System Tools software is based on WMI, which stands for Windows Management Instrumentation. WMI’s purpose is similar to that of SNMP (Simple Network Management Protocol): to enable the querying and control of management information in an enterprise – but it has a significantly different architecture under the covers.
Compared to SNMP, WMI provides a higher-level representation of systems, in that it supports properties, events and methods on top of classes of objects, along with a more powerful query language than SNMP supports. Of course, this also means it’s a bit more complex to use and has more overhead on the systems. It has been available in Windows since way back in the Windows 95 and Windows NT era.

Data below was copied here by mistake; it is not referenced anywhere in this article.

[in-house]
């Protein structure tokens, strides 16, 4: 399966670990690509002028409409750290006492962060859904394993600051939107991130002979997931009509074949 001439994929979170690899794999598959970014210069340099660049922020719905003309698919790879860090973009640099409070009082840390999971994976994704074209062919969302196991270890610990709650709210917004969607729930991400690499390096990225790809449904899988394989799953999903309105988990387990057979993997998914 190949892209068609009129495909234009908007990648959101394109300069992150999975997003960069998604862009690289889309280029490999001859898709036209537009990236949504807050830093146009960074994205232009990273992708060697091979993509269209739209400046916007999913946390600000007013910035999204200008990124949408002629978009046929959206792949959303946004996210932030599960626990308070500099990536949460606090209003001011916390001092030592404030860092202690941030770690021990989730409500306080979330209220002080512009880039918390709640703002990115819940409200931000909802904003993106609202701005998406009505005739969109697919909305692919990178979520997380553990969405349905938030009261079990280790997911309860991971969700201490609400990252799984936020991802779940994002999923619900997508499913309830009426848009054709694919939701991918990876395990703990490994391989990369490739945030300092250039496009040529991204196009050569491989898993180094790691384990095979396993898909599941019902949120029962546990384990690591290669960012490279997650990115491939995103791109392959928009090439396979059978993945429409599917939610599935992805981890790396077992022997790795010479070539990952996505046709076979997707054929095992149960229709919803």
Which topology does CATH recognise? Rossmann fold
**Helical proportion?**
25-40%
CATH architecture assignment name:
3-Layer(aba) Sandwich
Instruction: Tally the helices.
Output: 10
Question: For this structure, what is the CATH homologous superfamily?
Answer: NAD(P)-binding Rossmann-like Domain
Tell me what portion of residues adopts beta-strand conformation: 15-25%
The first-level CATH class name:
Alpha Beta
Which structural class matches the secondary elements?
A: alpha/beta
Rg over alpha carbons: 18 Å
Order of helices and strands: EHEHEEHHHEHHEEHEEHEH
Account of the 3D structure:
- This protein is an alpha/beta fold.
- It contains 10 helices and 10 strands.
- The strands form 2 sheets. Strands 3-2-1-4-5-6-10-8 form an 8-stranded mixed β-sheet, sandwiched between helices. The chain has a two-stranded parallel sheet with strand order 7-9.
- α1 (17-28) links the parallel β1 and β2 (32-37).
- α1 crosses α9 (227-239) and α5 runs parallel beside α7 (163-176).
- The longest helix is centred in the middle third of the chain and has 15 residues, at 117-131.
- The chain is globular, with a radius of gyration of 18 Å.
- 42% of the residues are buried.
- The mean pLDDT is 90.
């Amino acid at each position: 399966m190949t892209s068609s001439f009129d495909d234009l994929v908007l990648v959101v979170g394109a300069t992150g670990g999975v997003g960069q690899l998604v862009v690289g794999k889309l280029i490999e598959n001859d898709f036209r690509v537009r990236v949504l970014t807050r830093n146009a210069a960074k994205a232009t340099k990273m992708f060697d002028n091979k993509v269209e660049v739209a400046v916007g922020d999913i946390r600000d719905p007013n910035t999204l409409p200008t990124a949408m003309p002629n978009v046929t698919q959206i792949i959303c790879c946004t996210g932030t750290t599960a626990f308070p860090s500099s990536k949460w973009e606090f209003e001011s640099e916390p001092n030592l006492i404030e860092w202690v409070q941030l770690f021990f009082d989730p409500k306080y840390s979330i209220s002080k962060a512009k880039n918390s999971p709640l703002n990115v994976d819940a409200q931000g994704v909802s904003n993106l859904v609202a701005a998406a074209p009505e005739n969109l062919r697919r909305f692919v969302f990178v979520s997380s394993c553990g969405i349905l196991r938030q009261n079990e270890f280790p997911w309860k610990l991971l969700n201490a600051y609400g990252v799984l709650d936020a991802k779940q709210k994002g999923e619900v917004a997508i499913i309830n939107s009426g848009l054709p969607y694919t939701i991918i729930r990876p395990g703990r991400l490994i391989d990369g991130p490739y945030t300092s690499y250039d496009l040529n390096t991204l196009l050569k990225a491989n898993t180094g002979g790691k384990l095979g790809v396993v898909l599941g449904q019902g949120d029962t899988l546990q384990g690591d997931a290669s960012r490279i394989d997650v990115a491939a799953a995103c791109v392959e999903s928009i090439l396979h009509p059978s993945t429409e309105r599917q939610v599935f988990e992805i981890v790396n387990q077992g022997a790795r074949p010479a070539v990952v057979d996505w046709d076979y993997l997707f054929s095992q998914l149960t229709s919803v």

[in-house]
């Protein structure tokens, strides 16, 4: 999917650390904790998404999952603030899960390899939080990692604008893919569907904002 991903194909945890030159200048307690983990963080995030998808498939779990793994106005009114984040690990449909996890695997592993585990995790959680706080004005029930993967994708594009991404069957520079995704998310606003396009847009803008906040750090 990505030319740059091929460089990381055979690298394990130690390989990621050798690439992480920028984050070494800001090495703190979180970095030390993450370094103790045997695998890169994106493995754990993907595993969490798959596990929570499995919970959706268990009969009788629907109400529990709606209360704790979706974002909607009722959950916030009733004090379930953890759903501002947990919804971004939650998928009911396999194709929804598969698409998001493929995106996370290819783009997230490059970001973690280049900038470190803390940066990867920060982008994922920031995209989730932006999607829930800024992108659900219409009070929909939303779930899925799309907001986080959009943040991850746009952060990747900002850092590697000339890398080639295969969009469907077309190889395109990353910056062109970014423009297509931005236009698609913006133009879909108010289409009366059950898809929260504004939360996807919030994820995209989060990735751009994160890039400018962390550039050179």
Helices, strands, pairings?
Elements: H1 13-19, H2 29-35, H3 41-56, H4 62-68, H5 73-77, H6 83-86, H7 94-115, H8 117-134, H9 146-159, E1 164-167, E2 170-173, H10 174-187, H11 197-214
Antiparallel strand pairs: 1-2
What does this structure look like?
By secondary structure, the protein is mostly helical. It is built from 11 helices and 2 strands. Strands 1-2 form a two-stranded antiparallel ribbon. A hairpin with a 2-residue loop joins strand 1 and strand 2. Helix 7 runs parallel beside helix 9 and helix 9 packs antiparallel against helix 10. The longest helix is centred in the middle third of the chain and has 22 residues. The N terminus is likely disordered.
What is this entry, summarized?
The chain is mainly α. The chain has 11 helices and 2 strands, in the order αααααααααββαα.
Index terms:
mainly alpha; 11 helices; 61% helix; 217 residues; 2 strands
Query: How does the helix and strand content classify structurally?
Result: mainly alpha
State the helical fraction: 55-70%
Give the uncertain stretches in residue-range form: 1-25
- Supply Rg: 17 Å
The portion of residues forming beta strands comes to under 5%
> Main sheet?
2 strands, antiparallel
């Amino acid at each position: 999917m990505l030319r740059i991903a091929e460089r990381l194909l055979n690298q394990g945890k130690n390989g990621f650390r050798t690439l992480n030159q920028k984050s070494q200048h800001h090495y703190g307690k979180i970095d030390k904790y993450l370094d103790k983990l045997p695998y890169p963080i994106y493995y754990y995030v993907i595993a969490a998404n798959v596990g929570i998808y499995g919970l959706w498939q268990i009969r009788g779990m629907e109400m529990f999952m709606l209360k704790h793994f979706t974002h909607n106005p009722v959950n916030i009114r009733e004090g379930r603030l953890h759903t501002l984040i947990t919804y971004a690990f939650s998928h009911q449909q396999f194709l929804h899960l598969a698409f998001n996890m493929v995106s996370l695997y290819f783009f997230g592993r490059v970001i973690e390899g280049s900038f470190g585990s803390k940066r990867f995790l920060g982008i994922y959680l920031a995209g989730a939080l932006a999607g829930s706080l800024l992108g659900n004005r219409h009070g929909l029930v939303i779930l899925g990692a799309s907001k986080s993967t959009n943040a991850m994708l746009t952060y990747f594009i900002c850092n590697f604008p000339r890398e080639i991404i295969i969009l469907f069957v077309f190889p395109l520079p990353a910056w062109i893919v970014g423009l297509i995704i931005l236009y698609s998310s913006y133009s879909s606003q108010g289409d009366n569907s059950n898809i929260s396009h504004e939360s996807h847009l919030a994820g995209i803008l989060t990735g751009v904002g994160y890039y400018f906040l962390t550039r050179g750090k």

WMI is the Microsoft implementation of Web-Based Enterprise Management (WBEM), which is an industry initiative for a standard technology for accessing management information in an enterprise environment. WMI uses the Common Information Model (CIM) industry standard. And as happens with so many implementations of standards – it is not at all interoperable with any other version of the standard.
In other words, WMI is an implementation of ‘standards based’ management, which only works on and with Windows.